posted by Ad hominem at 3:07 PM on February 13, 2013


ubernostrum: “Stagger Lee, it seems like you're the one wanting to impose a script and a trope and hardened roles here, while plenty of people (anecdotally in my own life, and elsewhere) seem not to care much for your imposition of such, or of the accompanying baggage you'd apparently like to bring with it?”

When we say someone is "bringing emotional baggage" to a situation, we generally mean that they're applying emotions they have that are unrelated and acting as though those emotions are essential to the situation at hand. If I impose categories on another person's feelings for me without even being willing to ask them about those feelings, I'm pretty clearly acting as though my own emotional hangups (be they fear of rejection, dislike of socially awkward situations, etc) are part of the situation.

In other words, "the friendzone" itself represents emotional baggage that people bring to the relationships they have with other people. This is pretty much the reason why it's a faulty conceptualization.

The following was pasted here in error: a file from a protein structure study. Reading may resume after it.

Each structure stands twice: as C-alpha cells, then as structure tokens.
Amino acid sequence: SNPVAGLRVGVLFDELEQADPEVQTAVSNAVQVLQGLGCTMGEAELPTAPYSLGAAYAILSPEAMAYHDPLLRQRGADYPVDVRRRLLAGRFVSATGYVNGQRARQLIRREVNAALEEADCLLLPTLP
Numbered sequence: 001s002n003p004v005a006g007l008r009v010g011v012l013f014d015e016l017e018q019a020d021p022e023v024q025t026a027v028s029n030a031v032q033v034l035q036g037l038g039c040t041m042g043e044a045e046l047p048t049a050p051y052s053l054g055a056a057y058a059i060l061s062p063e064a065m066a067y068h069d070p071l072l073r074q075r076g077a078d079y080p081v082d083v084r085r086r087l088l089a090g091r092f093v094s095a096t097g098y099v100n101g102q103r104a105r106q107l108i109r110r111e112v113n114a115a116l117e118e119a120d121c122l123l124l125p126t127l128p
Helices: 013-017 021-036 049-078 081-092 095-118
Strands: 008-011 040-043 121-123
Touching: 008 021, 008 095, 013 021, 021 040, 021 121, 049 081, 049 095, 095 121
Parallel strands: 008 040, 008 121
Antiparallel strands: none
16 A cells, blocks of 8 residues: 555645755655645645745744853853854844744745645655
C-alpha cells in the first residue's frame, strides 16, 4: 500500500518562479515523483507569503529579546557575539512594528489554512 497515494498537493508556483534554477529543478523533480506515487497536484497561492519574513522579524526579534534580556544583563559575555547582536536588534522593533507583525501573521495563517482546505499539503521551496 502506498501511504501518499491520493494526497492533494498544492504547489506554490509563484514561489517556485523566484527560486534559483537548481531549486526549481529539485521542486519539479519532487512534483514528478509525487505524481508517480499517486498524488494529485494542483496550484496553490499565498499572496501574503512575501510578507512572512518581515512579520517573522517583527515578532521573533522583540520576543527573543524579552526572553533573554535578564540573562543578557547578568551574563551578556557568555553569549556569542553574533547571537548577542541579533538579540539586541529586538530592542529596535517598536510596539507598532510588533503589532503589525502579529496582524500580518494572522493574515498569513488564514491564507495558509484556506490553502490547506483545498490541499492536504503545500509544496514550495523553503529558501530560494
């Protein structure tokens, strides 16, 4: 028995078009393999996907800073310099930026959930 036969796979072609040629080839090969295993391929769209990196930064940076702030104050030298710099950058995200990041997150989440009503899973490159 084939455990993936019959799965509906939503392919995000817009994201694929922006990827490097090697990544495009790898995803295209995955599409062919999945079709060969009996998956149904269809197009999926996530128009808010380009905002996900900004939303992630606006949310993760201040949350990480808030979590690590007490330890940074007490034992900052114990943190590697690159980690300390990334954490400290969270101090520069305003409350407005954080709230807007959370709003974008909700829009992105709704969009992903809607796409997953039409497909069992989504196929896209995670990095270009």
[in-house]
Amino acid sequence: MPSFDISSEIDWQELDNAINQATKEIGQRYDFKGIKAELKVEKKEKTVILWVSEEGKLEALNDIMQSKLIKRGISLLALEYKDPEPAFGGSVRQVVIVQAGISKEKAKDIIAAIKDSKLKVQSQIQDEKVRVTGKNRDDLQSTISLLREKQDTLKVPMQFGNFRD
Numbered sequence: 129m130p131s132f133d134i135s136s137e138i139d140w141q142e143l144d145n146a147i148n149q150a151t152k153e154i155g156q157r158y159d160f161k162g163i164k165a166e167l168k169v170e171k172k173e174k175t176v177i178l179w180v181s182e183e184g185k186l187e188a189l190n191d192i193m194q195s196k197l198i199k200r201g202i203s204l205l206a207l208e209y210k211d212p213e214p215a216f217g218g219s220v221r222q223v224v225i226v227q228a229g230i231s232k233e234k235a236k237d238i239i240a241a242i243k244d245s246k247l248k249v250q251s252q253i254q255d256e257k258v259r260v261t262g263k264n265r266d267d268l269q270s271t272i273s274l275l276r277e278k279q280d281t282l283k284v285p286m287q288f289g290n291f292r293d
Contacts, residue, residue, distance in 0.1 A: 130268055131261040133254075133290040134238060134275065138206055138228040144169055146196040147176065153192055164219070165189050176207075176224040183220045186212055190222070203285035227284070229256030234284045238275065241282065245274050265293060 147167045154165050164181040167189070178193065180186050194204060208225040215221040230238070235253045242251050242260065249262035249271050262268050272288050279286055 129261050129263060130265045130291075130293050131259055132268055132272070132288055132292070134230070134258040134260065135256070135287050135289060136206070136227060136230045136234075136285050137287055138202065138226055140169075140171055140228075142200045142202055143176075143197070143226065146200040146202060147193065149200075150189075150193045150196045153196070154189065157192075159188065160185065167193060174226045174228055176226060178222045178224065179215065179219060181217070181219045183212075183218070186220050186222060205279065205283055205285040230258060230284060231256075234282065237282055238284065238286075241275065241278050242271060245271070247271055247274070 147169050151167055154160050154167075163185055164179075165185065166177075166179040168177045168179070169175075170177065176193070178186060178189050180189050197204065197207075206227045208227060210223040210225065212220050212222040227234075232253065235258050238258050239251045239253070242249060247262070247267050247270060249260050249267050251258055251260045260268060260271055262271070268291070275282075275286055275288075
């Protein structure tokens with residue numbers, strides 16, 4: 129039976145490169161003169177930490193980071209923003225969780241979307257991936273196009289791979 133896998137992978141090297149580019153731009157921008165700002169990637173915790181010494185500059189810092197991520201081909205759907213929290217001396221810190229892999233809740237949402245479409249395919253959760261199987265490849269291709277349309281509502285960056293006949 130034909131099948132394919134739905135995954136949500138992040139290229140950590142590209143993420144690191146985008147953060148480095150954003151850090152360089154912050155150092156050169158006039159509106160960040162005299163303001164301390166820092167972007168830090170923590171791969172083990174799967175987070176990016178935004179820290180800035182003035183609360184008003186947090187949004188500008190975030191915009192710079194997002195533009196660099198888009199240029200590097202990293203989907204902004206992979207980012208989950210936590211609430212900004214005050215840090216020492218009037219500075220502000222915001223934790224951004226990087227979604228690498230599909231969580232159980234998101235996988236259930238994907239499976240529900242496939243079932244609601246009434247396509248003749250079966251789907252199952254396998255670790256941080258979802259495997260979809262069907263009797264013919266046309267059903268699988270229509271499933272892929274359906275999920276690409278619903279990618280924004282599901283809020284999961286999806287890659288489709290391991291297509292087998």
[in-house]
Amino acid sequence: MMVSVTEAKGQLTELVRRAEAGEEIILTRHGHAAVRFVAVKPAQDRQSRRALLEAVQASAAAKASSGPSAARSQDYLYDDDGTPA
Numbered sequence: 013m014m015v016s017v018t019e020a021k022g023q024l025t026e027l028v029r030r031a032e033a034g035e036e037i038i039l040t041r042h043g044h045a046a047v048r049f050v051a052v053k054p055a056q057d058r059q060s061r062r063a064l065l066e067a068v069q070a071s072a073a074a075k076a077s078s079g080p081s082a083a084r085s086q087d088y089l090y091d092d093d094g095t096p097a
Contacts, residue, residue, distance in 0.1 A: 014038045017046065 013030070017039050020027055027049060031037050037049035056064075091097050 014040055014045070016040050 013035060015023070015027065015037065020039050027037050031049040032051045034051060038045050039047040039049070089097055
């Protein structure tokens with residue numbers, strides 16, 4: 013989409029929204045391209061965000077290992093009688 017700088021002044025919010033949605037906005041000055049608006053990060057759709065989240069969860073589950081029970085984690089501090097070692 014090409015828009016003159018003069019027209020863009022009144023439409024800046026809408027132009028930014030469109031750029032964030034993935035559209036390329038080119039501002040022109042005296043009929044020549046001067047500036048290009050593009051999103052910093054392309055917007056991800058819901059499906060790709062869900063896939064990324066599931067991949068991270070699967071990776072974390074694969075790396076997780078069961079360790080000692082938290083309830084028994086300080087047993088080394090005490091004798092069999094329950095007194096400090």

posted by koeselitz at 3:35 PM on February 13, 2013


koeselitz and Stagger Lee, I use the term "baggage", and I talk about "imposing", because ultimately the kinds of universal declarative statements you're making are incredibly presumptuous, if not arrogant. You're taking upon yourselves the right to dictate to others their lived experiences, their "real" beliefs and motivations, etc., in order to make all of it fit the narrative you want to apply, despite the fact that this is an area where there are a lot of potential different explanations and narratives that can be going on.
posted by ubernostrum at 6:20 PM on February 13, 2013 [1 favorite]


after reading threads here and on SA and on Heartless Bitches I totally rejected the concept.

Which I now think was a bit hasty
i don't know if haste was the problem here per se
posted by This, of course, alludes to you at 11:38 PM on February 15, 2013